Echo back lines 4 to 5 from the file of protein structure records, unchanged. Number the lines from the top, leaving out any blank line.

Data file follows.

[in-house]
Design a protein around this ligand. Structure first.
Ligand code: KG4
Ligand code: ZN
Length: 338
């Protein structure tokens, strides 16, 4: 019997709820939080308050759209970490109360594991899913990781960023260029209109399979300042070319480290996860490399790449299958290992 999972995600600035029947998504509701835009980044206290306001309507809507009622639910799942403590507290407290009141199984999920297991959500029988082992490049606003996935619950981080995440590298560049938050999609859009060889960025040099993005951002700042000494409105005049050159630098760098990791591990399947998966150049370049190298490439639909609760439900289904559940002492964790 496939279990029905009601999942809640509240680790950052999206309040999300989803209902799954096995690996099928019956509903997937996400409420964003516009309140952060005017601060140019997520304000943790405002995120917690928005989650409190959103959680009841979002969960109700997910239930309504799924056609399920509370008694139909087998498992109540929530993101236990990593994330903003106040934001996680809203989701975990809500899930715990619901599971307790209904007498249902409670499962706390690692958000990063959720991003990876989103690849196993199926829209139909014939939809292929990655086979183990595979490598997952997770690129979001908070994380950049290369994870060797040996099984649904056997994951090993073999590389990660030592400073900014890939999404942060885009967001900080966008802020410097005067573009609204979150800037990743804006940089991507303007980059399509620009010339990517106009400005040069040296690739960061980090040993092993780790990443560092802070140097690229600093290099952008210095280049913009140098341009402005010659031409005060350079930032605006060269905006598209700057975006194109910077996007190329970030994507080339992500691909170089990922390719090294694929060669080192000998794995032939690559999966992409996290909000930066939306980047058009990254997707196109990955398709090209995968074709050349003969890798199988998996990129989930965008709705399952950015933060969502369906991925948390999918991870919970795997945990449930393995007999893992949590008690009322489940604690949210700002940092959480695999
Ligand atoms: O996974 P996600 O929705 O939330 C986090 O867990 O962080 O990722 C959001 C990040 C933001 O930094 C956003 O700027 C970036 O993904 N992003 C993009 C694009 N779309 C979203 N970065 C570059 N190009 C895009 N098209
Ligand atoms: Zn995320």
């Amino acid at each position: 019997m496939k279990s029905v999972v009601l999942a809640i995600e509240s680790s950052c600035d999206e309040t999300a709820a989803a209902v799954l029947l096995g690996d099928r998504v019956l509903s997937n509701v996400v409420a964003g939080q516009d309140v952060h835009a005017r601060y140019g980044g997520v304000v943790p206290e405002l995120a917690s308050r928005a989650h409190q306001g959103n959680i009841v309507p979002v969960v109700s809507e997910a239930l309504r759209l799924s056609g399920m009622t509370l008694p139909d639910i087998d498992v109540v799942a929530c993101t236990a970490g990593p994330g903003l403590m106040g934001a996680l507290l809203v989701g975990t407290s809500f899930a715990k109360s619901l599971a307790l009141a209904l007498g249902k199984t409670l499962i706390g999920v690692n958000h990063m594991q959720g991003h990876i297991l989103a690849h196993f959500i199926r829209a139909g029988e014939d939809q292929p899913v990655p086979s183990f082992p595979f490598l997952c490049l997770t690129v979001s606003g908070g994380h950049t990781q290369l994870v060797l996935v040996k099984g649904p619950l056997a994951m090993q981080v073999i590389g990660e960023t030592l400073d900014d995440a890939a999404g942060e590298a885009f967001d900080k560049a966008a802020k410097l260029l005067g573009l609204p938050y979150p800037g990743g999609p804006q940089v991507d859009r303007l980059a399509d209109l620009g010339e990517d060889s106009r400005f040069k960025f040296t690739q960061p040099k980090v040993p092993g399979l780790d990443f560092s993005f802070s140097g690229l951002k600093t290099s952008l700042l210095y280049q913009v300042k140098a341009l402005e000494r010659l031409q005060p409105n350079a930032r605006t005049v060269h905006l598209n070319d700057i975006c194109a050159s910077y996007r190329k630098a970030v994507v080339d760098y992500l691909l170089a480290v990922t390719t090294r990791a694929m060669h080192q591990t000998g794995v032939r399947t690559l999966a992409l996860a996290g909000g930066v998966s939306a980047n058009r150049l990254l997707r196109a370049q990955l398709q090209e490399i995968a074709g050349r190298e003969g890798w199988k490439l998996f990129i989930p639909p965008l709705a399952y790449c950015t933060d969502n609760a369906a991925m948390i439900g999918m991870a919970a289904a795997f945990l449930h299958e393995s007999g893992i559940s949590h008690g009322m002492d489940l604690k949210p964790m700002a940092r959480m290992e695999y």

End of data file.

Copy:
Ligand code: ZN
Length: 338